Meanwhile, the Women in Engineering group is holding a wine-and-cheese reception this afternoon -- sorry, but I don't have details.
A panel of graduates from UW's math faculty will speak about career opportunities at 4:30 this afternoon -- Math and Computer room 4020.
The student-organized peace conference that went on at Conrad Grebel University College moves to the Student Life Centre for a final major event tonight: a public debate "with panelists and people of conscience regarding methods of intervention: ideology ranging from Bush to Gandhi". Everyone is welcome to join the discussion; the event will start at 7:00.
Also at 7:00, the architecture lecture series continues with words from faculty member Robert Wiljer, under the title "Reading Reading" (Environmental Studies II room 280).
Tomorrow will bring an announcement of funding for "indirect costs of research", starring federal cabinet minister Andy Mitchell, at 10:15 in the Davis Centre lounge.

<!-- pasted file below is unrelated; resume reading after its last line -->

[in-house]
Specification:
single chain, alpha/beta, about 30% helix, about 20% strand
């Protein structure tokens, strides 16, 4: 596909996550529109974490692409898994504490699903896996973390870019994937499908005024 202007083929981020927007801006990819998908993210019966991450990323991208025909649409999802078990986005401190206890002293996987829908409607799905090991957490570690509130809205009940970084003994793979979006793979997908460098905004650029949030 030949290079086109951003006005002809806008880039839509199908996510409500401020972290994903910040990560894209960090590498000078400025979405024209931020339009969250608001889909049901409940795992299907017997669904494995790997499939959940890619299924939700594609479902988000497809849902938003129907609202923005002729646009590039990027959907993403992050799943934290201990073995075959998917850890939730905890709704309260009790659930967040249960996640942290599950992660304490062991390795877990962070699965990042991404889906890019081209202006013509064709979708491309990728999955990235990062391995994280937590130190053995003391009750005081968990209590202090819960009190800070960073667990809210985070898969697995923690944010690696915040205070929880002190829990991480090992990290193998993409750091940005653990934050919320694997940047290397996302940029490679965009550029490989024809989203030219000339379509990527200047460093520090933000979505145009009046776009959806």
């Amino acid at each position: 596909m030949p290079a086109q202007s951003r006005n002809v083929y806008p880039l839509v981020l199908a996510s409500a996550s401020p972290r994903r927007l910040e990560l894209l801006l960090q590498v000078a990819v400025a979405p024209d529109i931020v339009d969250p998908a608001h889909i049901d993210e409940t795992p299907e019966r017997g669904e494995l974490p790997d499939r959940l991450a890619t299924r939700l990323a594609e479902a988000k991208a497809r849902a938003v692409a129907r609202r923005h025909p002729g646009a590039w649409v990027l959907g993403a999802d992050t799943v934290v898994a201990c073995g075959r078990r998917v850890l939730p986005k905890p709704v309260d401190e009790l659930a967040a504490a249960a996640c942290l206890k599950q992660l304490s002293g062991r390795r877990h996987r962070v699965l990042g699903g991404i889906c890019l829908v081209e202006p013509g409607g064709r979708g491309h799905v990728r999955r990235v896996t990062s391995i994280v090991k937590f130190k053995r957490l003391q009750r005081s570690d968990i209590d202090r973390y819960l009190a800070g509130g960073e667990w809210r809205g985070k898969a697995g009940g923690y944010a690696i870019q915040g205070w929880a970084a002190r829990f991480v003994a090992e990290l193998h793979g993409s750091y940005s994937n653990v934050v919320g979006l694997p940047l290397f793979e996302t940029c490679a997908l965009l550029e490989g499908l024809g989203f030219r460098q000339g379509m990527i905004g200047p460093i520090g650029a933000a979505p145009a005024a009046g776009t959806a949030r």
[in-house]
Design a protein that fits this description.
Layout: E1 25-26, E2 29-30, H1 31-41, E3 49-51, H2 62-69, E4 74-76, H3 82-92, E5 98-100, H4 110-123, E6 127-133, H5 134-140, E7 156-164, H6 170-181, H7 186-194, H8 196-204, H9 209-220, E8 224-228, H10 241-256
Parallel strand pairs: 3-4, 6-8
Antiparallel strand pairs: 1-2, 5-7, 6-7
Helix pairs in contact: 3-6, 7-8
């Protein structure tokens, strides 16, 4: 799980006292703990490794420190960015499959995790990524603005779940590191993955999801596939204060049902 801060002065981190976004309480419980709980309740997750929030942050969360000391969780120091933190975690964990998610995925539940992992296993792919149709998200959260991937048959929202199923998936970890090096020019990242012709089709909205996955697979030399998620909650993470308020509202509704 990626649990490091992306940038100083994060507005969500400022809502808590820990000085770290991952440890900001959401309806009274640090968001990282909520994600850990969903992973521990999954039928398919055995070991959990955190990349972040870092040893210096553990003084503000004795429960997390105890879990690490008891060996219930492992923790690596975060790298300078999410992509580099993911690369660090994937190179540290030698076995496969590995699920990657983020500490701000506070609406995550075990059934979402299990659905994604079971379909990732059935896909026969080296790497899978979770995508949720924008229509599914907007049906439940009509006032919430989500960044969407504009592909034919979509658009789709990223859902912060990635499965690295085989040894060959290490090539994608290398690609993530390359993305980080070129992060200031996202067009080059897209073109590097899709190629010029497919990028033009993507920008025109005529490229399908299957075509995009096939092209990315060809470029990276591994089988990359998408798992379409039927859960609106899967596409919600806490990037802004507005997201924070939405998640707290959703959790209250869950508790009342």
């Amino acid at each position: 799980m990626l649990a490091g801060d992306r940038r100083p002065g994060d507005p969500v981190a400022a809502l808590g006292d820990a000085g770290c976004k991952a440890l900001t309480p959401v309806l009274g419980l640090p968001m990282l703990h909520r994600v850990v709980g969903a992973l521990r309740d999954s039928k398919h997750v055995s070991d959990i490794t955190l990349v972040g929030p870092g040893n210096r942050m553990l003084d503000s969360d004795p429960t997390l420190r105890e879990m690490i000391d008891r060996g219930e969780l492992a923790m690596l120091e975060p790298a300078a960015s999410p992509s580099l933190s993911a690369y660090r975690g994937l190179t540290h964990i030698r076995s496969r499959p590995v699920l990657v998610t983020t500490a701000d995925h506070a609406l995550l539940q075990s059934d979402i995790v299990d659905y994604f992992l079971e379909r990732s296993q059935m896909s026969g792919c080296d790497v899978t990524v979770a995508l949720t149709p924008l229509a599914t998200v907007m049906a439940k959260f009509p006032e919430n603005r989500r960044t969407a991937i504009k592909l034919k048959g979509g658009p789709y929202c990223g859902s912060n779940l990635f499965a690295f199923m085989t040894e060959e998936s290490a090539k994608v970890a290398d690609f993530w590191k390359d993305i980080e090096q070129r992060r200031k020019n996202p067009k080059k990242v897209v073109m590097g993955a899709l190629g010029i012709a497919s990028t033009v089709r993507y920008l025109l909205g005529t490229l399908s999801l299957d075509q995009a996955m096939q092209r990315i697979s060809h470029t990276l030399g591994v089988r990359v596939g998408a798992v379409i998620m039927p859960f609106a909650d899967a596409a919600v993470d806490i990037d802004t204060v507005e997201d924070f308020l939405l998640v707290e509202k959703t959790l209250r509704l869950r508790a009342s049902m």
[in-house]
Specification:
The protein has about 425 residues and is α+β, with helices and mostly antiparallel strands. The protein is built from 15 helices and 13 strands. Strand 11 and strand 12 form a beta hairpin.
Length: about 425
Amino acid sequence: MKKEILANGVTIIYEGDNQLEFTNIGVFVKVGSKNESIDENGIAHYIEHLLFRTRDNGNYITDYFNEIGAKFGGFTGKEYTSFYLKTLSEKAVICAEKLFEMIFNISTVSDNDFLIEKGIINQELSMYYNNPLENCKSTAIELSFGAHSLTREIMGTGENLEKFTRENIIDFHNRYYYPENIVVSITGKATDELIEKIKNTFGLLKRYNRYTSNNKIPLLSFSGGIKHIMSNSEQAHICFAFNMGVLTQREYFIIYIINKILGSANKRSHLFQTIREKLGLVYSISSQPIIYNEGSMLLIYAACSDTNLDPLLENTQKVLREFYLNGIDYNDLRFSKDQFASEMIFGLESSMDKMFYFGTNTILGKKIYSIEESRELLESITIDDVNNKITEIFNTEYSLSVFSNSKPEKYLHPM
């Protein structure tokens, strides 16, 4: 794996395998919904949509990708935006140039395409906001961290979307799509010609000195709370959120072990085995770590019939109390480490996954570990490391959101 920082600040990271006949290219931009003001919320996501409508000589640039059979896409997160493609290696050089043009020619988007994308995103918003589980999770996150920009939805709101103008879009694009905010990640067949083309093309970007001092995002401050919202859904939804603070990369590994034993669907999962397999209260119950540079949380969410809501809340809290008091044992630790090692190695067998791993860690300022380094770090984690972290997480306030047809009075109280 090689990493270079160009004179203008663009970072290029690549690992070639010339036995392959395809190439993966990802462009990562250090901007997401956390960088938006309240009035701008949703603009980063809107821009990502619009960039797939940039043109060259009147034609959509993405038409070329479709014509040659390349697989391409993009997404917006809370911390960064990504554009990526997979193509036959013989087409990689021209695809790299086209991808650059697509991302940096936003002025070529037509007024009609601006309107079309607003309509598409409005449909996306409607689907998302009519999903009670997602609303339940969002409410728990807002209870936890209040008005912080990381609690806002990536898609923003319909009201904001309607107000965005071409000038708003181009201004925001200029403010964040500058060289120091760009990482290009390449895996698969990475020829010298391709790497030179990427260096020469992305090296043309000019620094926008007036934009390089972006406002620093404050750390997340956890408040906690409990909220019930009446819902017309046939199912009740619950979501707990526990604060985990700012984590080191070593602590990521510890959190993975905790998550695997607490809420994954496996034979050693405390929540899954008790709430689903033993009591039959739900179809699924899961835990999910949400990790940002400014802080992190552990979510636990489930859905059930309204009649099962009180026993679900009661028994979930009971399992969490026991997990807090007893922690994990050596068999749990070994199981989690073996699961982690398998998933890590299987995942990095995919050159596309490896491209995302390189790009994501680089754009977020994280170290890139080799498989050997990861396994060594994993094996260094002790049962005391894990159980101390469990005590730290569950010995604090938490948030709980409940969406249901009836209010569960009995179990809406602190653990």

Faculty members can vote today, and tomorrow until 12 noon, for or against ratification of three proposed articles for the Memorandum of Agreement, dealing with layoff rules, program closings and financial exigency. If the proposal gets majority approval from faculty members, it will be taken to the UW board of governors at the April meeting.
Now, a note from the first floor of Needles Hall: "Career Services is looking for students to fill a variety of volunteer positions. Depending on the position you will gain valuable job search, marketing, and/or career-related skills by either promoting events and services or by helping other students in their career planning and job search. Open to regular and co-op students who are creative and possess strong interpersonal and communication skills. Applications available in Career Services, NH 1115, or from our webpage. Deadline: March 20, 2002."
And the registrar's office sends word that fall class enrolment has been scheduled to begin June 10. Enrolment for spring term classes is in progress now through Quest.
Finally, that correction: I said yesterday that Albert Nazareth, candidate for president of the Federation of Students, was an engineering student; in fact he's in science.
TODAY IN UW HISTORYMarch 7, 1977: Opening ceremonies are held for the Sandford Fleming Foundation in UW's faculty of engineering.